Clear Static w/ Shiny Toy Guns
Fri. March 10
32 Ann St.
Sex. Not love. That’s the caustic catchphrase repeated over and over on Clear Static’s lead single, “Make-Up Sex,” from the group’s eponymous Maverick Records debut. Kinda ballsy for a bunch of (mostly) teenagers, don’t ya think? A bit ostentatious, for sure, but this band of boys isn’t your ordinary post-adolescent assemblage.
Clear Static are one of Los Angeles’ hottest new acts. Playing venues such as the Viper Room and the Key Club, lead vocalist Tom Pederson, guitarists Michael David and Danny Kincaid, bassist Rich Pederson, and drummer Jacob Shearer have gained attention from both eyelinered, glammed-out kids and stuffy-suited industry big wigs. And they’re all under the age of 22.
Evoking iconic 1980s images of ambiguity, flamboyance, hedonism and, of course, mounds of mascara, these suburban kids have made a name for themselves in the sprawling city. By adopting decades-old musical traditions combined with new-school evolution, Clear Static pump out punk tunes reminiscent of the Era of Excess.
“We look up to the masters,” says guitarist Michael David. “Bowie, Madonna, Peter Gabriel — anyone who can sustain creative energy and command respect and admiration for years on end.”
Also on that list of “masters” are quintessential fashionistas Duran Duran. Clear Static were invited to tour with the legendary group in early 2005, stateside and across the pond.
“The experience touring with Duran Duran was unbelievable,” David says. “They’re super-classy guys with consistent, great live performances. They were very gracious to us. Besides being given the opportunity to play before them, they used to invite us to party with them at their various accommodations. That was always fun.”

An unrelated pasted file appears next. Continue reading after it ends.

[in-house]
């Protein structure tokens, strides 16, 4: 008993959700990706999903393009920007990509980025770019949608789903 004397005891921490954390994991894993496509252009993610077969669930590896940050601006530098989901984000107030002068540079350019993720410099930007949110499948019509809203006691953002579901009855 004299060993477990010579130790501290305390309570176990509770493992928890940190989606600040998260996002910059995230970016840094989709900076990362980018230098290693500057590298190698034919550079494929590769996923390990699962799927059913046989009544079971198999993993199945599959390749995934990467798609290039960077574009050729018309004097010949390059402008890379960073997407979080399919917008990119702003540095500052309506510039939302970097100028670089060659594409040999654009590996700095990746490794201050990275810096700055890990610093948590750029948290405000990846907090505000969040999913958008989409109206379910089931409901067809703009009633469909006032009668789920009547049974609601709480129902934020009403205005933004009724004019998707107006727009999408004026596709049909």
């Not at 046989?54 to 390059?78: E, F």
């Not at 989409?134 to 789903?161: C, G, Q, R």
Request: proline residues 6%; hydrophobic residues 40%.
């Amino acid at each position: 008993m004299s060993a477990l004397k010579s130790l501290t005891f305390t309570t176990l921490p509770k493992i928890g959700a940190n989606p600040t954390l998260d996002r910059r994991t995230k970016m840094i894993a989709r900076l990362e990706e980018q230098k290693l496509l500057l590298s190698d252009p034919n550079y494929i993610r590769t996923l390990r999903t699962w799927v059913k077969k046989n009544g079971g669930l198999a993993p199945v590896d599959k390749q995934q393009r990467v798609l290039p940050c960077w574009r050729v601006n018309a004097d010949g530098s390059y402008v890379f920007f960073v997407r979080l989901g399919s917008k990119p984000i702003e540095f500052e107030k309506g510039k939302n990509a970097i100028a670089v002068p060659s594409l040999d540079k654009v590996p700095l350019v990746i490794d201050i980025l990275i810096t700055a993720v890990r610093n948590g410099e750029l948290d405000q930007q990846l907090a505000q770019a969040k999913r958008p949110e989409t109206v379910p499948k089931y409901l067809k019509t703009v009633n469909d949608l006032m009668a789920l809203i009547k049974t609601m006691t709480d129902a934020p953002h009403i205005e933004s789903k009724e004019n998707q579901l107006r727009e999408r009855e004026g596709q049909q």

A few years agon, when Clear Static began to gig out as young teenagers, the boys were restricted at first to teen-friendly venues, such as high schools, recreational centers, band battles, and parties. As word spread across Hollywood about their booming neo-romantic sound and style, clubs took notice. Because of age restrictions, they often waited in an alley near the stage door before being ushered inside for their set.
Despite the fact that plenty of acts lose their creative control during the major-label release process, Clear Static stayed true to their roots. As demonstrated on Clear Static, the guys’ command of ’80s “new wave” and pop music is amazingly accurate, despite being born after the Billboard arrival of some of their idols.
“The ’80s is the only era in music that I can think of where the lines limiting creation were the least defined in the sense that high and low art were sometimes held in the same regard and often crossbred,” explains David. “I’m not sure what an excessive lifestyle felt like in the ’80s, but drugs often sink their teeth into bands and start revealing ugly things very early into the experience. Sex is great as long as it is safe and with someone who is good at it.”
But sex in the truest, carnal sense must take a backseat to Clear Static’s career. At the end of the day, it’s their music that inspires a spirit of raw sexuality in the first place. Besides, they’ve got “Make-Up Sex.” What more could young rock stars want?